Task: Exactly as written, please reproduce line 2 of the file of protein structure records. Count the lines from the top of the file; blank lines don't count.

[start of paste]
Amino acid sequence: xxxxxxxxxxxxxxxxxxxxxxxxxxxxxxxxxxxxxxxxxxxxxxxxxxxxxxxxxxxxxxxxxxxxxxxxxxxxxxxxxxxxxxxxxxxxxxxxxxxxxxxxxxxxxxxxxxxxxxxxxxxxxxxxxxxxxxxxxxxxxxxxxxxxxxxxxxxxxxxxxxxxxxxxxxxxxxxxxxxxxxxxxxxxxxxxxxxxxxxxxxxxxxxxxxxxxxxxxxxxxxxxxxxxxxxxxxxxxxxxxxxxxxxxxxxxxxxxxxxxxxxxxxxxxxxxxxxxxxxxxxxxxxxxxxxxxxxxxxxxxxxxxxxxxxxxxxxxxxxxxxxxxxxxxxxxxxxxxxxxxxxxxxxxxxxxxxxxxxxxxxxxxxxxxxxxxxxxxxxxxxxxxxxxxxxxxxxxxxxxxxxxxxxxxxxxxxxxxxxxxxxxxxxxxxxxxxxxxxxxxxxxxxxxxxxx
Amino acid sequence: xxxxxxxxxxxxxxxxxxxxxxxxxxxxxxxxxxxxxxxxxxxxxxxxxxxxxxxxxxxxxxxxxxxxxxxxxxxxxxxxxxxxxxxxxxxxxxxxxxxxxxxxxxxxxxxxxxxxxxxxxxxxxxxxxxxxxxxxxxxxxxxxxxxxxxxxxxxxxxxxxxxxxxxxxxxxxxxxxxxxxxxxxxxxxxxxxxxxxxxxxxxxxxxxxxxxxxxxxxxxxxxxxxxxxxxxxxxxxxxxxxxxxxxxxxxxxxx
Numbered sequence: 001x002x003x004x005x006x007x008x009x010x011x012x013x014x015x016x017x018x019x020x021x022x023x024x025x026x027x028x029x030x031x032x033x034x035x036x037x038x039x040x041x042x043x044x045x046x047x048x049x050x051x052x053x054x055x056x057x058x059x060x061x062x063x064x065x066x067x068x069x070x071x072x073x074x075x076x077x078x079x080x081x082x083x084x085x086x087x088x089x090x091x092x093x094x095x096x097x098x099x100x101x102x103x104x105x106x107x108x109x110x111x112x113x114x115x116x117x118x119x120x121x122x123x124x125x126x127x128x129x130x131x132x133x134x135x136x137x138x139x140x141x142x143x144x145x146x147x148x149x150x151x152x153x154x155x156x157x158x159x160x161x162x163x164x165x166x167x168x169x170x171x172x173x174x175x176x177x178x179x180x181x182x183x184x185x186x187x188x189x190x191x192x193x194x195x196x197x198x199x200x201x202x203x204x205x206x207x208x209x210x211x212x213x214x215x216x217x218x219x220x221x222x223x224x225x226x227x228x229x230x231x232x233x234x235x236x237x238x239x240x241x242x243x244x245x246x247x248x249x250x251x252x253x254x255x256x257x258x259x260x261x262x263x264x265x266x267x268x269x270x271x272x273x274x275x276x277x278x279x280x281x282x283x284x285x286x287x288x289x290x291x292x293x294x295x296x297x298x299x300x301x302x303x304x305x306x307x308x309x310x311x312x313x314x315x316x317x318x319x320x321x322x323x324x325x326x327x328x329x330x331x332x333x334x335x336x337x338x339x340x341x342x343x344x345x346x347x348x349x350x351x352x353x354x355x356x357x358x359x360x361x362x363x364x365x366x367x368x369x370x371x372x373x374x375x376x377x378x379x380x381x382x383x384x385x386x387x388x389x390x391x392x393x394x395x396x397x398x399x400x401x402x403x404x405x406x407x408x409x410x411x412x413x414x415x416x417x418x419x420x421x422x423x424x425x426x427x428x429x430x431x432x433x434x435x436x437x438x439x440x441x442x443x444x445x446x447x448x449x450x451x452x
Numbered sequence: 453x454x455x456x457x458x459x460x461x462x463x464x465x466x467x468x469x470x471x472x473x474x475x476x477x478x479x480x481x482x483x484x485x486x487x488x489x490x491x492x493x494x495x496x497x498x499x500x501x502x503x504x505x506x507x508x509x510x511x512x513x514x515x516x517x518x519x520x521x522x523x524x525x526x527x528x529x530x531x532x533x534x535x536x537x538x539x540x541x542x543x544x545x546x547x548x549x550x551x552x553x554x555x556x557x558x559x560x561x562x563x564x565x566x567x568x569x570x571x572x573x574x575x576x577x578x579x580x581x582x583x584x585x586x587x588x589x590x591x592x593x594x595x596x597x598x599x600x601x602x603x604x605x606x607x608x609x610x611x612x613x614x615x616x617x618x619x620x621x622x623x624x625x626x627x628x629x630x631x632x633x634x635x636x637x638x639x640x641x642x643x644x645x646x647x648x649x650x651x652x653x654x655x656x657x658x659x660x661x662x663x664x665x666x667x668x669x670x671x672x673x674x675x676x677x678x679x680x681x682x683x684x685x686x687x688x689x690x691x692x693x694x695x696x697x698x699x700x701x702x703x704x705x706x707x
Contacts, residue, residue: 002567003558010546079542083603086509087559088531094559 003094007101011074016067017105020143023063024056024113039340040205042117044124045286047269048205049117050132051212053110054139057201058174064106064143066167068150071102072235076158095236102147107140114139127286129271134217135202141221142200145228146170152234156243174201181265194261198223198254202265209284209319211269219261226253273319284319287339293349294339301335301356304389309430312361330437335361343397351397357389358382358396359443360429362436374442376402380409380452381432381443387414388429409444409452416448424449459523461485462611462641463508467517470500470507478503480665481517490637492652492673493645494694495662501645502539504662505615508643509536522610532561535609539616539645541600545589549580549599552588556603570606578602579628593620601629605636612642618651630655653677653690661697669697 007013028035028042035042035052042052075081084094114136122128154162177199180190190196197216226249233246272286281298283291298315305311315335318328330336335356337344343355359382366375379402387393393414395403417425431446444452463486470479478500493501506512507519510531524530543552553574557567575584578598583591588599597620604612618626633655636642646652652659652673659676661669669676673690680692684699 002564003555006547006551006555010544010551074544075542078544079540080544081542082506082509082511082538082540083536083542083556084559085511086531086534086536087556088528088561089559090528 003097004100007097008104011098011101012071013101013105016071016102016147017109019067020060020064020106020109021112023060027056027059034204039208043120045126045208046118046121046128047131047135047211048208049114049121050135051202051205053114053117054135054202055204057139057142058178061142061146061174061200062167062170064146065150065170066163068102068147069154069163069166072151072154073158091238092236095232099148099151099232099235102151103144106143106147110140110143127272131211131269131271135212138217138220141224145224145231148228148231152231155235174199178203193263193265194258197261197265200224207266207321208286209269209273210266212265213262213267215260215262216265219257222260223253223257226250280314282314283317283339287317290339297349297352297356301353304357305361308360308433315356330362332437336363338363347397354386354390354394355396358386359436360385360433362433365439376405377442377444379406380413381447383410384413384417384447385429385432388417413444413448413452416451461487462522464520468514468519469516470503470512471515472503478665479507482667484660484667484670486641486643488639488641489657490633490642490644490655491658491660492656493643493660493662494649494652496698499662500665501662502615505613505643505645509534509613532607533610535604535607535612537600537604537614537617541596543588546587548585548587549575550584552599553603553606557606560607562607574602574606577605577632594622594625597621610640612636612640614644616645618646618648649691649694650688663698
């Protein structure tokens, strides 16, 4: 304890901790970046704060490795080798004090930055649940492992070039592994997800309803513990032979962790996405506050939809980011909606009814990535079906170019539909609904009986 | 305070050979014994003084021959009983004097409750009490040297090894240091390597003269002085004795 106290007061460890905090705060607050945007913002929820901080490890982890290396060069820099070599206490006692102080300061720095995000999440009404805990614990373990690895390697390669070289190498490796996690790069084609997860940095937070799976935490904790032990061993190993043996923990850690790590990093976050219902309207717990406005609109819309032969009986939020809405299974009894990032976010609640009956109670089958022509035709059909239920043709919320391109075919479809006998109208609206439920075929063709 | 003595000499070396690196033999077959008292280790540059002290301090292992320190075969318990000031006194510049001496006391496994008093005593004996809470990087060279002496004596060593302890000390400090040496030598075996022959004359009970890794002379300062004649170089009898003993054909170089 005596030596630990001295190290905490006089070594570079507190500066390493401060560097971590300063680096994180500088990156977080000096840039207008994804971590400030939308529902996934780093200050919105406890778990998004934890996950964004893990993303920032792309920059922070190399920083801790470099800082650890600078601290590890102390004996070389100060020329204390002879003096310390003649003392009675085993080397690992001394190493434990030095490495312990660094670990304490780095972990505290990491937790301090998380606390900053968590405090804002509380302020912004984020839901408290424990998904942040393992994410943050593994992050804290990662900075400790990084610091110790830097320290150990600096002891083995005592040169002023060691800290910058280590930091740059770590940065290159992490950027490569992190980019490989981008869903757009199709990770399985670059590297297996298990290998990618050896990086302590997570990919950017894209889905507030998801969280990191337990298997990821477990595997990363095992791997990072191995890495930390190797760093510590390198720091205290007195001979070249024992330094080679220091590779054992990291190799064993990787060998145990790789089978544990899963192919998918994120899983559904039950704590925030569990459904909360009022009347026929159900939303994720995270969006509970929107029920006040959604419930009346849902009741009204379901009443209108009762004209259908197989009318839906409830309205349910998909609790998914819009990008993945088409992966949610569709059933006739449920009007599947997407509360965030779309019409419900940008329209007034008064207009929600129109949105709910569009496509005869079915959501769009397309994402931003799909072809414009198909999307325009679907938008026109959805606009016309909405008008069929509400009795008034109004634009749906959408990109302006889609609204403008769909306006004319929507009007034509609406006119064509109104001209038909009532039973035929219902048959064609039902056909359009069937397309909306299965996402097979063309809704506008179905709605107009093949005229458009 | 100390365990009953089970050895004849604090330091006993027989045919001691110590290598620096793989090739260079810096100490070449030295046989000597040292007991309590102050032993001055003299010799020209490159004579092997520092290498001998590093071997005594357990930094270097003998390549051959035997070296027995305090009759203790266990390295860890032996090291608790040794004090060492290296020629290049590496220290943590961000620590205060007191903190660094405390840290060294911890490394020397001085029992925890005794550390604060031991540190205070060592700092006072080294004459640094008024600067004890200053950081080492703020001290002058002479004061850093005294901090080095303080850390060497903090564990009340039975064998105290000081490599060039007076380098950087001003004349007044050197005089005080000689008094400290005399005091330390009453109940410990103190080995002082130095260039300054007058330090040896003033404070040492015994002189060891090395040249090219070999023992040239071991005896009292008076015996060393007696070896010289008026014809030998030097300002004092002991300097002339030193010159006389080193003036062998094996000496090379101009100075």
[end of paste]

Amino acid sequence: xxxxxxxxxxxxxxxxxxxxxxxxxxxxxxxxxxxxxxxxxxxxxxxxxxxxxxxxxxxxxxxxxxxxxxxxxxxxxxxxxxxxxxxxxxxxxxxxxxxxxxxxxxxxxxxxxxxxxxxxxxxxxxxxxxxxxxxxxxxxxxxxxxxxxxxxxxxxxxxxxxxxxxxxxxxxxxxxxxxxxxxxxxxxxxxxxxxxxxxxxxxxxxxxxxxxxxxxxxxxxxxxxxxxxxxxxxxxxxxxxxxxxxxxxxxxxxx